$2.5 billion was a 7-month high for remittances in March.
In March, remittances from Pakistanis living abroad reached a seven-month high of $2.5 billion, presumably as a result of Ramadan and Eid ul Fitr.
According to figures released on Monday by the State Bank of Pakistan (SBP), the amount of remittances received by employers was 27% greater than it had been in the previous month of February, but it was 11% lower than it had been in March 2022.
Additionally, inflows continued to be quite substantial as non-resident Pakistanis used authorized routes to send money to their family members as a result of the closing spread between interbank and open market rates.
Head of research at Pakistan-Kuwait Investment Company Samiullah Tariq described the uptick as a “good omen,” adding that there was little to no difference between the kerb and interbank prices.
In contrast, this year Ramadan began earlier, which is why remittance inflow surged earlier than previous year, he said. “Remittances number is highest for past seven months.”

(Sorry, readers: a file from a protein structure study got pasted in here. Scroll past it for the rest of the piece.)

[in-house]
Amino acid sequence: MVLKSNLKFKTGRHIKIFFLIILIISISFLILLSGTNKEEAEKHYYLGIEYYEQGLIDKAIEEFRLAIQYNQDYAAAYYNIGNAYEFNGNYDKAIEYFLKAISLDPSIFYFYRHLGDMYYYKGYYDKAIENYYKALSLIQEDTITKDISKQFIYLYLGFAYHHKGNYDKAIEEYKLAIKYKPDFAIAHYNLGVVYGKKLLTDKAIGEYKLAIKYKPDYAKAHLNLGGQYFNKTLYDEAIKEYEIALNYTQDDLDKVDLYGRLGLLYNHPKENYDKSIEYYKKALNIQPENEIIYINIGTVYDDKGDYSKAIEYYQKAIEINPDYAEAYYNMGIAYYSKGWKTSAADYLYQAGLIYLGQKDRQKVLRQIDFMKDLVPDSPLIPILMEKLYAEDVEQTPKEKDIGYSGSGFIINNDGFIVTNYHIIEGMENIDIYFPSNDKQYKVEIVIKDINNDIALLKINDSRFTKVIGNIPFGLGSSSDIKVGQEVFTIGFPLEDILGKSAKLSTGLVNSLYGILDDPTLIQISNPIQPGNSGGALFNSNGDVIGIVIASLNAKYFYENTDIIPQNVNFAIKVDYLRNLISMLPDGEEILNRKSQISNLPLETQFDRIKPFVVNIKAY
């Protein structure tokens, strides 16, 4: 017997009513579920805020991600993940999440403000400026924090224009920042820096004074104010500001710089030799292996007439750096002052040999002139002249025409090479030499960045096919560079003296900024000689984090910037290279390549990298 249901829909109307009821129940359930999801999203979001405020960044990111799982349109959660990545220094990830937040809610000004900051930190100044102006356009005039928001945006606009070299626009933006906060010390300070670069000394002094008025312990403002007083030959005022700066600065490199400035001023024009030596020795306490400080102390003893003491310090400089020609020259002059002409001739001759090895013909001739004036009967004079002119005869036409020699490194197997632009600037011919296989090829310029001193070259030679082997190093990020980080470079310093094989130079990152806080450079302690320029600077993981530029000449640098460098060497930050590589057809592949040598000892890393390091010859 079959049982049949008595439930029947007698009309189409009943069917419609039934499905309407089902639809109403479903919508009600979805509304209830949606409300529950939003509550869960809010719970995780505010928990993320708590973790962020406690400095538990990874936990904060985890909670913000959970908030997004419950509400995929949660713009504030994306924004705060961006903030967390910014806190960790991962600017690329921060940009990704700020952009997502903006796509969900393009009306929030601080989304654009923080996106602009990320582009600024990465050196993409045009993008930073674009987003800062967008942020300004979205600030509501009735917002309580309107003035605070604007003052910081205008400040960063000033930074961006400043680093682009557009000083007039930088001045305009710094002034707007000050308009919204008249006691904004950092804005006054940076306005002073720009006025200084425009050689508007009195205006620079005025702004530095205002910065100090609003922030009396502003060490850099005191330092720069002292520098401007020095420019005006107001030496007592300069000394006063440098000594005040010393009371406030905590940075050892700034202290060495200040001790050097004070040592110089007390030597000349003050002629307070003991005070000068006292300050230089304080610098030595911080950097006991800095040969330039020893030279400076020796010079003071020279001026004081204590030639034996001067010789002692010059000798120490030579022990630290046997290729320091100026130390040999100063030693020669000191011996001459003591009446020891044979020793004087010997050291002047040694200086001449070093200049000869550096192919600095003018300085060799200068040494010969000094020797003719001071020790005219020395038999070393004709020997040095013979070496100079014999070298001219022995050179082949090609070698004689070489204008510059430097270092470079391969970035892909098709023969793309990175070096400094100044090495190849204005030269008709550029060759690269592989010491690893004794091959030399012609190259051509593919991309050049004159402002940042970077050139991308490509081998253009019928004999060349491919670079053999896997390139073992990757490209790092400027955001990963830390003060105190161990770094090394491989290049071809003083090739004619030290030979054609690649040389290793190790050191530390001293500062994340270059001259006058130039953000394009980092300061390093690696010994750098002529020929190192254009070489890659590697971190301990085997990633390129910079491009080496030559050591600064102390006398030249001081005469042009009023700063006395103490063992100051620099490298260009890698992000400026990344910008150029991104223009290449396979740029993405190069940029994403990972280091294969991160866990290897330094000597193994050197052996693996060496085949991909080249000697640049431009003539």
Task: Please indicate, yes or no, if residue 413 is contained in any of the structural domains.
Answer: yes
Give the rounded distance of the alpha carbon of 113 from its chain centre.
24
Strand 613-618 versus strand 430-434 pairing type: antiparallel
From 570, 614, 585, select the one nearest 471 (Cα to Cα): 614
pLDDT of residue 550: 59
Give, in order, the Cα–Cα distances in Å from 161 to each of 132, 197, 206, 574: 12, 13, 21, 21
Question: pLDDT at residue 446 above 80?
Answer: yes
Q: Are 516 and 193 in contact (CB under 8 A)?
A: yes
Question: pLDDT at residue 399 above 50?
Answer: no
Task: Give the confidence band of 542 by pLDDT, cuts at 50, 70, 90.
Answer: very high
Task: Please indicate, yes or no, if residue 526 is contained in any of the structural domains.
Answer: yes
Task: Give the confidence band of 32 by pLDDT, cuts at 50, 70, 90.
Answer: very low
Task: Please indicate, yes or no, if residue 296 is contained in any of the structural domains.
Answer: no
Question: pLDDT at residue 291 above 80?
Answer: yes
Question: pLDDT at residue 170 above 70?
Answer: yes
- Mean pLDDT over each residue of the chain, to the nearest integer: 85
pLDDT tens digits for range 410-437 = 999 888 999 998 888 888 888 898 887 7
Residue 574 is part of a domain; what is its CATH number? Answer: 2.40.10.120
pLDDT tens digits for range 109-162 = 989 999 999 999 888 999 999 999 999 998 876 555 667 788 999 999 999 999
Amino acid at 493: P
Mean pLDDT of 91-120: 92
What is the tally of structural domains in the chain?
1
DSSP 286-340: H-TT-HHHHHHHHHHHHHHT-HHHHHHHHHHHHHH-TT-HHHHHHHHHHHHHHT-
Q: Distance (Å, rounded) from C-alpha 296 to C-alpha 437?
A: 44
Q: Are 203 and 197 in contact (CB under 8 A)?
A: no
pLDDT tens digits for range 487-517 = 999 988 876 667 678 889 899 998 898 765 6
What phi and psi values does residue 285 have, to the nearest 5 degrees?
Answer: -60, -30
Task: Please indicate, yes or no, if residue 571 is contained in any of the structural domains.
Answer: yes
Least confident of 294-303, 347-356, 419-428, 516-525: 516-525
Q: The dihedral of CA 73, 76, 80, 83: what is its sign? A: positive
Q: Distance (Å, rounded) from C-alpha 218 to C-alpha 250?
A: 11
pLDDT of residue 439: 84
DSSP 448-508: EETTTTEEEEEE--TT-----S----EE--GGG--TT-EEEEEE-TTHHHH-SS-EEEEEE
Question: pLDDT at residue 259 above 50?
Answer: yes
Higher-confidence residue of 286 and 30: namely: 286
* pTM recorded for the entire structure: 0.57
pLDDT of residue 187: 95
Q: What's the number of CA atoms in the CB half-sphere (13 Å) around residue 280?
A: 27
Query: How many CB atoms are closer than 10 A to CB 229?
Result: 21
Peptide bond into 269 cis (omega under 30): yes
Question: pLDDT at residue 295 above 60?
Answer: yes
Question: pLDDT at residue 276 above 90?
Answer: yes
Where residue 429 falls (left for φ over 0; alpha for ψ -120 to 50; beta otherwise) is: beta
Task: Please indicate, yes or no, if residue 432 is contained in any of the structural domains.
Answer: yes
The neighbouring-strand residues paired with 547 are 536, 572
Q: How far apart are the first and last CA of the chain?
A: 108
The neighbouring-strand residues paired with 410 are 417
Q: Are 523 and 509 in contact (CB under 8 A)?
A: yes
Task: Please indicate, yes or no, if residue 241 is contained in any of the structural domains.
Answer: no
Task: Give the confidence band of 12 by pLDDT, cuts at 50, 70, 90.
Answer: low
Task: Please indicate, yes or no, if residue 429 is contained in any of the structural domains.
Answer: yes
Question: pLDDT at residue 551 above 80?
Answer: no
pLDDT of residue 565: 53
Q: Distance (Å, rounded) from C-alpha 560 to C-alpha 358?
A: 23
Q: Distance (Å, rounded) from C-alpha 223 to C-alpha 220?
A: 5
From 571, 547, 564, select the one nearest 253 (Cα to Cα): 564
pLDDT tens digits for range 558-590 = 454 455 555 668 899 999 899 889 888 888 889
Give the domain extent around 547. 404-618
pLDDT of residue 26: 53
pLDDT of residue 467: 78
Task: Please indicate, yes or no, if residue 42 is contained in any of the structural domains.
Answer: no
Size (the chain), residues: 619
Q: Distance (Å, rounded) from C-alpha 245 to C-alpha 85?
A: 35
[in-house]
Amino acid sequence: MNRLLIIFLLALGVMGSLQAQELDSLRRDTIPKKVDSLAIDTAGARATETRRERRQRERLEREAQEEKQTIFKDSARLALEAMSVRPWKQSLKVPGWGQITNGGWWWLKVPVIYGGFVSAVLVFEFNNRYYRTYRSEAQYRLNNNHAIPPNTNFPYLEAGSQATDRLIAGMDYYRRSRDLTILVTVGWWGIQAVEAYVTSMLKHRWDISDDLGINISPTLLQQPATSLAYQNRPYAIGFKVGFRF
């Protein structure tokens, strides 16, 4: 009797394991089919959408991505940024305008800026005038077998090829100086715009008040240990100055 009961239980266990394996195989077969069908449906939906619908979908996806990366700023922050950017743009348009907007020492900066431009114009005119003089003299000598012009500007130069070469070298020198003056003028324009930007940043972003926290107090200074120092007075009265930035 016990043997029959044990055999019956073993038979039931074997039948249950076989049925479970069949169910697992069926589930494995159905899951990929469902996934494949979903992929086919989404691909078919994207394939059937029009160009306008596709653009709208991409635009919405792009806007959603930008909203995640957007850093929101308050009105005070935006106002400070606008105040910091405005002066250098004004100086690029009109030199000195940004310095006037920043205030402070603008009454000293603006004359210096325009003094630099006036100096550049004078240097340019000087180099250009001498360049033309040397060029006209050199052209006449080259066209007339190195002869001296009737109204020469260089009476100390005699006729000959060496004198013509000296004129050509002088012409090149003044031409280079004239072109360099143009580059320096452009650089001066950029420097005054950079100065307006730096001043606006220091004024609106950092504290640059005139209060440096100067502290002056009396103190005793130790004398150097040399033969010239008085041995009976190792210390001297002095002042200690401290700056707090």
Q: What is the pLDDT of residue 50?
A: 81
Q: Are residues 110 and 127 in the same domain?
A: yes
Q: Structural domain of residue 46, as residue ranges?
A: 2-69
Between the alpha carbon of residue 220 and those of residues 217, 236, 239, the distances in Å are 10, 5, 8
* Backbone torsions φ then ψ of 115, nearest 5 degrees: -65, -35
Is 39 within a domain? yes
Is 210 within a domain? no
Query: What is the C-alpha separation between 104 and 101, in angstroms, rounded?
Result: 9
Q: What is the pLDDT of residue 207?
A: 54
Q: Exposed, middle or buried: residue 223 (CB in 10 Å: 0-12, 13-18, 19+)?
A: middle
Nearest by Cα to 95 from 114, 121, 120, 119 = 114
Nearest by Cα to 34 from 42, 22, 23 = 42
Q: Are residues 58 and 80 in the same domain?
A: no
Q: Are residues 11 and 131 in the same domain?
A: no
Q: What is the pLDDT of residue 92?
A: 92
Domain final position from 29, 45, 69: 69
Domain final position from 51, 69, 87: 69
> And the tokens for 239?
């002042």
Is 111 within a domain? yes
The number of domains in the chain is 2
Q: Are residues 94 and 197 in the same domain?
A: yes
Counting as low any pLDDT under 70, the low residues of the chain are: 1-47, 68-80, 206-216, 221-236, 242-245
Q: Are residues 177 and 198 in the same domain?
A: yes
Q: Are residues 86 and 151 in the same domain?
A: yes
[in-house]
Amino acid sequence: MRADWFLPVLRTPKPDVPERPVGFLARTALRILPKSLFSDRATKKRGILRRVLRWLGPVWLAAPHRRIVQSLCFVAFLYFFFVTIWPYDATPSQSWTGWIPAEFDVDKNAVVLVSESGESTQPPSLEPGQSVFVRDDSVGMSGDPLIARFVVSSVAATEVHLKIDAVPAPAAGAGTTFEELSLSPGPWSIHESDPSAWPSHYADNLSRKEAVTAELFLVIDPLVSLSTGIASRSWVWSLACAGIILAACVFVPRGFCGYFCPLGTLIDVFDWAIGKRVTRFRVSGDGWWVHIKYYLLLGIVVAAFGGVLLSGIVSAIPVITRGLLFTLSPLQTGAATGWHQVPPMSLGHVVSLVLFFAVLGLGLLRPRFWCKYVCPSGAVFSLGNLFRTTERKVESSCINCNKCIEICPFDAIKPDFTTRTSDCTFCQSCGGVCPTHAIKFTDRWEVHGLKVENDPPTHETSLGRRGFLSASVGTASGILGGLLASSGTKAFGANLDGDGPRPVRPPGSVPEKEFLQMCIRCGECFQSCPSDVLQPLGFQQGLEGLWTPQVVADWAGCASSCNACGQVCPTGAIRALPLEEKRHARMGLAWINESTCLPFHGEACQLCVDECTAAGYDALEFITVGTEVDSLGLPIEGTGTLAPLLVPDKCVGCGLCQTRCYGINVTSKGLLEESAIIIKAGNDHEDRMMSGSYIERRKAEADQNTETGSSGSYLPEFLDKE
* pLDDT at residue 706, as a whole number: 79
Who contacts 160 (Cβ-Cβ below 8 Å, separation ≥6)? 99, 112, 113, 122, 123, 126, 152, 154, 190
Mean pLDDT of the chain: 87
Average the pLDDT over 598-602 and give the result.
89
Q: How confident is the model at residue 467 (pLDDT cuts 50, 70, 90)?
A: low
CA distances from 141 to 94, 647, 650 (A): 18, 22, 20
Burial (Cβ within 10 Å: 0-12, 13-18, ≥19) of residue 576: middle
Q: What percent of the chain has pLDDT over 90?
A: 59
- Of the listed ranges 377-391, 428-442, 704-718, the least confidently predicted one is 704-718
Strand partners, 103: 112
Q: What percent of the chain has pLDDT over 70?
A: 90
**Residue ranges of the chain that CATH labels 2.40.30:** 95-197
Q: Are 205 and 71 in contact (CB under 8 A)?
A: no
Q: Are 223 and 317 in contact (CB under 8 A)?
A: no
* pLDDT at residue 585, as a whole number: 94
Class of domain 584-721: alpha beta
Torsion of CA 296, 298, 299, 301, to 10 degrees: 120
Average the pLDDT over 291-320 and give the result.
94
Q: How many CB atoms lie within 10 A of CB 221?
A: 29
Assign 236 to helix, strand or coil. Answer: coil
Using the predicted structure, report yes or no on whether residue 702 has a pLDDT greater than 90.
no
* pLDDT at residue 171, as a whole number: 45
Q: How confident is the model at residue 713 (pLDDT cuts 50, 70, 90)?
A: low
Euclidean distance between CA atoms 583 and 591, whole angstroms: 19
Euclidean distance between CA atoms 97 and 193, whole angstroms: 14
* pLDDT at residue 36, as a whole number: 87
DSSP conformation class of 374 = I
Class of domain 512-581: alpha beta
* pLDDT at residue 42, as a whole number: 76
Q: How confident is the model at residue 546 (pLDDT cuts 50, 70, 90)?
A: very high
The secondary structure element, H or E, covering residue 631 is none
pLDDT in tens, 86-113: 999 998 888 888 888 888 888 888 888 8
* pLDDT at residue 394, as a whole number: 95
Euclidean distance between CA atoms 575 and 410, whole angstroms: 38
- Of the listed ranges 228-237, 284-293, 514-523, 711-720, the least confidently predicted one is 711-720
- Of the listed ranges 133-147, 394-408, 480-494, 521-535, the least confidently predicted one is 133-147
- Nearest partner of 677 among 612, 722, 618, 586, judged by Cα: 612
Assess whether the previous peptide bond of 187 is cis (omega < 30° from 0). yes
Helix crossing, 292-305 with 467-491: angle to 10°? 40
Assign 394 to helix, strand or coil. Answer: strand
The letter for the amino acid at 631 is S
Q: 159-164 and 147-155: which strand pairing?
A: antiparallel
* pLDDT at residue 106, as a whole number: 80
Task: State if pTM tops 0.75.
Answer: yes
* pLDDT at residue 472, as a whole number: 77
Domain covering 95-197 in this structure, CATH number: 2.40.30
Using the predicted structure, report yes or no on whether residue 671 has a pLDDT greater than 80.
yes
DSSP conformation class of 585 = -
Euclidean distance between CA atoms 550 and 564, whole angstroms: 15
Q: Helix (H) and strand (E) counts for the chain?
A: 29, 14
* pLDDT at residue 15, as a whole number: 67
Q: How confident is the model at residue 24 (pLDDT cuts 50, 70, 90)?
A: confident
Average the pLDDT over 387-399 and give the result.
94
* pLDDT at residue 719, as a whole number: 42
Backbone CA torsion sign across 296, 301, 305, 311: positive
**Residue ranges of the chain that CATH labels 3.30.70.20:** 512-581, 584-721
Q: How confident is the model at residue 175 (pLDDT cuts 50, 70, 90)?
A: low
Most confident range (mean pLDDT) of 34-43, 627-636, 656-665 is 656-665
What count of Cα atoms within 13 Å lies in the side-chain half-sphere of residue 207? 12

Historical patterns showed that prior to the annual Eid holidays, Pakistanis living abroad sent record-high remittances.
The remittances are expected to “further improve due to positive seasonal and Ramadan factor,” according to the Ministry of Finance.
According to the central bank’s monthly remittance bulletin, the total amount of remittances received for the first nine months of the fiscal year 2022–23 was $20.5 billion, a 10.8% reduction over the same time the previous year.
It should be highlighted that the likelihood of a current account surplus has significantly risen since remittances have significantly outpaced the Pakistan Bureau of Statistics (PBS) trade deficit figures this month.
The SBP trade deficit data point should be highlighted as being typically smaller than the PBS trade deficit.
The Ministry of Finance also noted in its monthly forecast report that, given the economic variables influencing the figures, the current account deficit is projected to stay on the lower side.